In a sort of try/catch form I want to execute a bash that doesn't stop if an error occurs.
The specific bash is:
#!/bin/sh invoke-rc.d tomcat stop rm -fr /var/webapps/ cp -R $WEBAPP /var/webapps/ invoke-rc.d tomcat start
I want to exec "invoke-rc.d tomcat stop" and even if Tomcat is not running, continue to execute the other bash commands.
invoke-rc.d tomcat stop > /dev/null 2>&1 || true
A little background:
user@tower: # true user@tower: # echo $? 0 user@tower: # false user@tower: # echo $? 1 user@tower: # which true /bin/true user@tower: # which false /bin/false
The real solution is looking at the tomcat init script to see how it knows if tomcat is running :) That way, you don't pester it needlessly.
See this post on the other suggestion to unset / set +e. While it would solve your immediate problem, you may find that you need the recently unset behavior in your own script, especially since you are copying files.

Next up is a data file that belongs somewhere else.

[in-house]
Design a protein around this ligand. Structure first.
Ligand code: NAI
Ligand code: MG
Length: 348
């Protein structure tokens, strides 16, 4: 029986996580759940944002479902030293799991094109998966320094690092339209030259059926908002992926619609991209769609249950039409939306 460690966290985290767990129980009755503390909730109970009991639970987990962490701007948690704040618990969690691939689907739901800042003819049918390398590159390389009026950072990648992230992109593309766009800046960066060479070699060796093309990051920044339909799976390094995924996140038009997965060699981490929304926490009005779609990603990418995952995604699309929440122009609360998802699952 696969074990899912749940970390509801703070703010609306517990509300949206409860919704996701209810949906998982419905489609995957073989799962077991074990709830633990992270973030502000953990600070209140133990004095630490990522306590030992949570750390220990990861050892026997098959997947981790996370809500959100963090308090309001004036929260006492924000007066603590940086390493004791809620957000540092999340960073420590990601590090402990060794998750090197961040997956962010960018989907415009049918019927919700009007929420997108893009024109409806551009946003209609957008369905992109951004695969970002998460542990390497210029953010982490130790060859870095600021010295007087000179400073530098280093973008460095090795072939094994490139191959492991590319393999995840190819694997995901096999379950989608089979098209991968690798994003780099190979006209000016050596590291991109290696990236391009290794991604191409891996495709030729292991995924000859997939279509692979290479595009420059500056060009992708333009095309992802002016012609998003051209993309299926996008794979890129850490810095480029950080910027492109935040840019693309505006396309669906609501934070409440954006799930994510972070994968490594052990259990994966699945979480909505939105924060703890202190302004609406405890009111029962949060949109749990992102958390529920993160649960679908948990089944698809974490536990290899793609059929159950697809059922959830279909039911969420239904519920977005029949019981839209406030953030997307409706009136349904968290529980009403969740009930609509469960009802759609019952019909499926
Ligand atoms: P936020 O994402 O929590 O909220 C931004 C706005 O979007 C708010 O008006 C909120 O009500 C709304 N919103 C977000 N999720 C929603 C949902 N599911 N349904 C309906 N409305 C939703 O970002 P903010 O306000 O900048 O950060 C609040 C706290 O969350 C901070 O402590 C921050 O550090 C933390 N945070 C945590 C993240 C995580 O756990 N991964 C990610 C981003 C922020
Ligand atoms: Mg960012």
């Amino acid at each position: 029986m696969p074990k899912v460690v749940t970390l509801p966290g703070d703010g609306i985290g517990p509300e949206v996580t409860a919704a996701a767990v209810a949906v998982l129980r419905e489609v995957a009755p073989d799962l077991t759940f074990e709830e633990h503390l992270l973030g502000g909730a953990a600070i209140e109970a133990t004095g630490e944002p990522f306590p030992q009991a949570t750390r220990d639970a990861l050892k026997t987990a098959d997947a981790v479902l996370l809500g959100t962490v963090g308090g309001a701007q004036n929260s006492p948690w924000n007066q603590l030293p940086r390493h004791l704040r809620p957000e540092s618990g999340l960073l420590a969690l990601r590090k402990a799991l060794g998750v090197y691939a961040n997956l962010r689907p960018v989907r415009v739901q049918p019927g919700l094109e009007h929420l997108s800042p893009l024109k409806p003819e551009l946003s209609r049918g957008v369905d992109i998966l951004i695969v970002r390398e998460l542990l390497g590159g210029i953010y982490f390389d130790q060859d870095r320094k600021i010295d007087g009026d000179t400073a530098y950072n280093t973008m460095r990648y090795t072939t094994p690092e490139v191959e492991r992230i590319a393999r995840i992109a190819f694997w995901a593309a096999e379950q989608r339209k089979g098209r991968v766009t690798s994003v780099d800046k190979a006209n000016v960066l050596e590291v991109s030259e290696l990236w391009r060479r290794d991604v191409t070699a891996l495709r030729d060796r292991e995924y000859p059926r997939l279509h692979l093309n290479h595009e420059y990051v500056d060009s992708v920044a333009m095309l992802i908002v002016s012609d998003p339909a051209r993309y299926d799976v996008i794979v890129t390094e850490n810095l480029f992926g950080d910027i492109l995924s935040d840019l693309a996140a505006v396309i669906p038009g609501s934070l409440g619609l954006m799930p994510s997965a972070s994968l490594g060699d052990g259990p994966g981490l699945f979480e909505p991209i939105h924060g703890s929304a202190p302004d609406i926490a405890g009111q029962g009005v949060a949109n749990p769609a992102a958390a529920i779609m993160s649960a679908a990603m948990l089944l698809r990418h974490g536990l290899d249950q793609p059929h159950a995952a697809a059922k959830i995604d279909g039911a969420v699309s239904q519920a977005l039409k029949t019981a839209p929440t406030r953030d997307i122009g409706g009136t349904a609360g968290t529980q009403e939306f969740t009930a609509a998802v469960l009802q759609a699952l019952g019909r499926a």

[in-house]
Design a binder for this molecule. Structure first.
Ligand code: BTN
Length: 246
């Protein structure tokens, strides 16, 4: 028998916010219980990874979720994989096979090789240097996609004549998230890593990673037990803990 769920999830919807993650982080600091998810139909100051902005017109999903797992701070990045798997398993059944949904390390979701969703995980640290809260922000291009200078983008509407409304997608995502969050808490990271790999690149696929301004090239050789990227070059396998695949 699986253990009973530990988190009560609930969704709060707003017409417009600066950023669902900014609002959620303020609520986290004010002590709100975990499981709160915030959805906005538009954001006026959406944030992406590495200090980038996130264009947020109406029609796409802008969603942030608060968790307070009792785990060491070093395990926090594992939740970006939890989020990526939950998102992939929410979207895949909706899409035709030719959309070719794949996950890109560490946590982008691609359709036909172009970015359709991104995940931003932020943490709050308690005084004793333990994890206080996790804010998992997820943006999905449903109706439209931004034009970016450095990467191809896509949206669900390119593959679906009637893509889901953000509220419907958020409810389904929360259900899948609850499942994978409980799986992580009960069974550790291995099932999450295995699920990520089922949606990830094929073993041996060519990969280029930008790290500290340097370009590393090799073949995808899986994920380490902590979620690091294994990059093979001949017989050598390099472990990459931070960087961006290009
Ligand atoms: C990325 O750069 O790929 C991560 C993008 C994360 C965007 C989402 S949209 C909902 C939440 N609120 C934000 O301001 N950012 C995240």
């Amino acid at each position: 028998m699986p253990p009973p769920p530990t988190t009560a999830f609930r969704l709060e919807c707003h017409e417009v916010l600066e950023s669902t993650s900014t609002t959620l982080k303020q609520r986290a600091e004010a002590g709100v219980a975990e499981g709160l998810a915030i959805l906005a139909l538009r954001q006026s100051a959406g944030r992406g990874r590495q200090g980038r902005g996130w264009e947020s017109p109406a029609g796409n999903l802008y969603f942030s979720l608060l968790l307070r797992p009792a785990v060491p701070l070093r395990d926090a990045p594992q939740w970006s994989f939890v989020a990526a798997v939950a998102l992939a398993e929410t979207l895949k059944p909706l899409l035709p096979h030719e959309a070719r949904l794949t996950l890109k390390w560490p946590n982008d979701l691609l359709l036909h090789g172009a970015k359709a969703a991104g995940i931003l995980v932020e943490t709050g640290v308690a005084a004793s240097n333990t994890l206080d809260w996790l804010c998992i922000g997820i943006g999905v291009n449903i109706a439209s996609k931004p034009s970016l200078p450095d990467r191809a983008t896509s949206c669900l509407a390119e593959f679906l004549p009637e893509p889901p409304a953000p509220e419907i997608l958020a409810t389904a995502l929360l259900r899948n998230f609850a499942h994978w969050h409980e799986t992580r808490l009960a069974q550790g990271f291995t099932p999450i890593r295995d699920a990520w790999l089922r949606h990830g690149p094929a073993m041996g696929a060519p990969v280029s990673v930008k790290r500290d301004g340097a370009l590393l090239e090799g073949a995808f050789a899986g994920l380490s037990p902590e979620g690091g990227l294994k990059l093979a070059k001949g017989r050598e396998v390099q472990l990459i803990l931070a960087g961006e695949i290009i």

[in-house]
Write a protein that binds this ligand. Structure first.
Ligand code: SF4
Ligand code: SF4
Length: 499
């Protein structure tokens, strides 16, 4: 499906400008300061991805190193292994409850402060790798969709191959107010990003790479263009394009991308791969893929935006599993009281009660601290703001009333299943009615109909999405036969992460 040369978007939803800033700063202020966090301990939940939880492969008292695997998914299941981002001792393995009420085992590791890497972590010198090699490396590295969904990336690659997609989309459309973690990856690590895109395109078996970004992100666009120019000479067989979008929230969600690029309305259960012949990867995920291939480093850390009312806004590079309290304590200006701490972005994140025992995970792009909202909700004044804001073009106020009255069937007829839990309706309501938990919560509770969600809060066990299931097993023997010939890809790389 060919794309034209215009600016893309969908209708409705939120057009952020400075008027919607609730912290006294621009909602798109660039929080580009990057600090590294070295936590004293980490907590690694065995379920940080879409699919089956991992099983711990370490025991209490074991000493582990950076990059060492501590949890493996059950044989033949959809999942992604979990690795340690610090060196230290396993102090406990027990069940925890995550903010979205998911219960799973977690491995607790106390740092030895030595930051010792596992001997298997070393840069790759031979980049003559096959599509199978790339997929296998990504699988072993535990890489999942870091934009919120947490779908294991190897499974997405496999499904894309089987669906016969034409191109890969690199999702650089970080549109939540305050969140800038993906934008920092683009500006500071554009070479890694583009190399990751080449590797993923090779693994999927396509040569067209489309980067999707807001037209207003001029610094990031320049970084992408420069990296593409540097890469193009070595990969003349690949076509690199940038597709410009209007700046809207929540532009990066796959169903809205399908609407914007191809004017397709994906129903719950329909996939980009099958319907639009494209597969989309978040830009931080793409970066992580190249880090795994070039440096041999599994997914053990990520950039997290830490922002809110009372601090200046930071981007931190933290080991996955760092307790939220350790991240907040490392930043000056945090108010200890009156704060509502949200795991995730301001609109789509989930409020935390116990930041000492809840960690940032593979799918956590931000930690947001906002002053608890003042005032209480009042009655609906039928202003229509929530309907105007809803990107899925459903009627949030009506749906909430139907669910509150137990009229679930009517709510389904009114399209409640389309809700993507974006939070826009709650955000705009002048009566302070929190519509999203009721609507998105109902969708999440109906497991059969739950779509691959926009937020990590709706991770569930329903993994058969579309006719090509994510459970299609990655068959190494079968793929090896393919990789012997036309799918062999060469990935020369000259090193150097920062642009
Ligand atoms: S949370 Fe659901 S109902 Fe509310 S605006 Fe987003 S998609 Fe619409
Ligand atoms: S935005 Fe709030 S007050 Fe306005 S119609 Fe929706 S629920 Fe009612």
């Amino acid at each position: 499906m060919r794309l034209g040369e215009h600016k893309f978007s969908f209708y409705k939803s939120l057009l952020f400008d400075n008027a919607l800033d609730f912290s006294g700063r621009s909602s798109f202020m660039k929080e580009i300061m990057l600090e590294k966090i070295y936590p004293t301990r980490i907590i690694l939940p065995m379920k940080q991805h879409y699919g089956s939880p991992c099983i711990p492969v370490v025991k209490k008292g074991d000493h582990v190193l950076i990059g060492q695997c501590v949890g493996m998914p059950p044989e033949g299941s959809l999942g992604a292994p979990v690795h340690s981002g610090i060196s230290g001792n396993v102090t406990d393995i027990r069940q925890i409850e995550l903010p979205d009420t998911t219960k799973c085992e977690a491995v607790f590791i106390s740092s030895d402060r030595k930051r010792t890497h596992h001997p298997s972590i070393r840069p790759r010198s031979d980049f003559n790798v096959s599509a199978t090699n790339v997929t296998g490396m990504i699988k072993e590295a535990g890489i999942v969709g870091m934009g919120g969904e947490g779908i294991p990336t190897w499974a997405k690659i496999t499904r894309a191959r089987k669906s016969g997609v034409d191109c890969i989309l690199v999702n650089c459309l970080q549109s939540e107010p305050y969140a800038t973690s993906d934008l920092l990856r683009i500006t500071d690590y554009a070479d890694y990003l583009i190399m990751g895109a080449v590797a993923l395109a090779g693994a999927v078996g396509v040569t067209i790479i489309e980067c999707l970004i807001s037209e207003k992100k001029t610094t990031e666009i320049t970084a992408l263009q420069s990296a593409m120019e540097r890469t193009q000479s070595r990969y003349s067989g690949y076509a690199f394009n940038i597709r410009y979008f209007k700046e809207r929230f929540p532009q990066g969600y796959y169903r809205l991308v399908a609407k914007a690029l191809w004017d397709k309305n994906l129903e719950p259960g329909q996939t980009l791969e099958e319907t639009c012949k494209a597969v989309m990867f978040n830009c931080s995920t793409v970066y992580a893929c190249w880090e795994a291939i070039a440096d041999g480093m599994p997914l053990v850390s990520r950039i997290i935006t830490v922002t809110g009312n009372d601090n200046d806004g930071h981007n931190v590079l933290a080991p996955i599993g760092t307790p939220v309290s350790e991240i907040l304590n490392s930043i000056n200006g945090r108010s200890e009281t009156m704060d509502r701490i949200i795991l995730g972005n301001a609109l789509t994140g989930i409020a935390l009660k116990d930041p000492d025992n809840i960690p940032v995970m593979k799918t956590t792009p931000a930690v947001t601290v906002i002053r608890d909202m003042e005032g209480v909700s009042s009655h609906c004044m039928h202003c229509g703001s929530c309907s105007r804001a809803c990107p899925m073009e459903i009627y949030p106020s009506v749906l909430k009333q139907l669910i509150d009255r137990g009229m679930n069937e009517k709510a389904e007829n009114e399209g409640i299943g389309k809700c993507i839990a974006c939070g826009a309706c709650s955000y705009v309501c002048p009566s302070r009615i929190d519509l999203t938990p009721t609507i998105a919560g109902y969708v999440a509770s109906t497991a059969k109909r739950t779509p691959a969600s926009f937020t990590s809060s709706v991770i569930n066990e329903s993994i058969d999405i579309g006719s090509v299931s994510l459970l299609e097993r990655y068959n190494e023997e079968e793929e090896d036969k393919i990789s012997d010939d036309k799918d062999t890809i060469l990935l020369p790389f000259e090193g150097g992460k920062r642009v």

This is one of the biggest reasons why true and false were made, other than making Makefiles behave as expected in a variety of build environments.
Also, set +e is not entirely portable, i.e. some versions of Solaris (and even Dash) .. but I doubt that this is a concern for you.
Disable the "exit immediately" option with
set +e, run your command, then optionally re-enable it with
set +e invoke-rc.d tomcat stop set -e # optional
See section 4.3.1 of the Bash manual for an explanation of the
set builtin and all of its various options (of which there are many).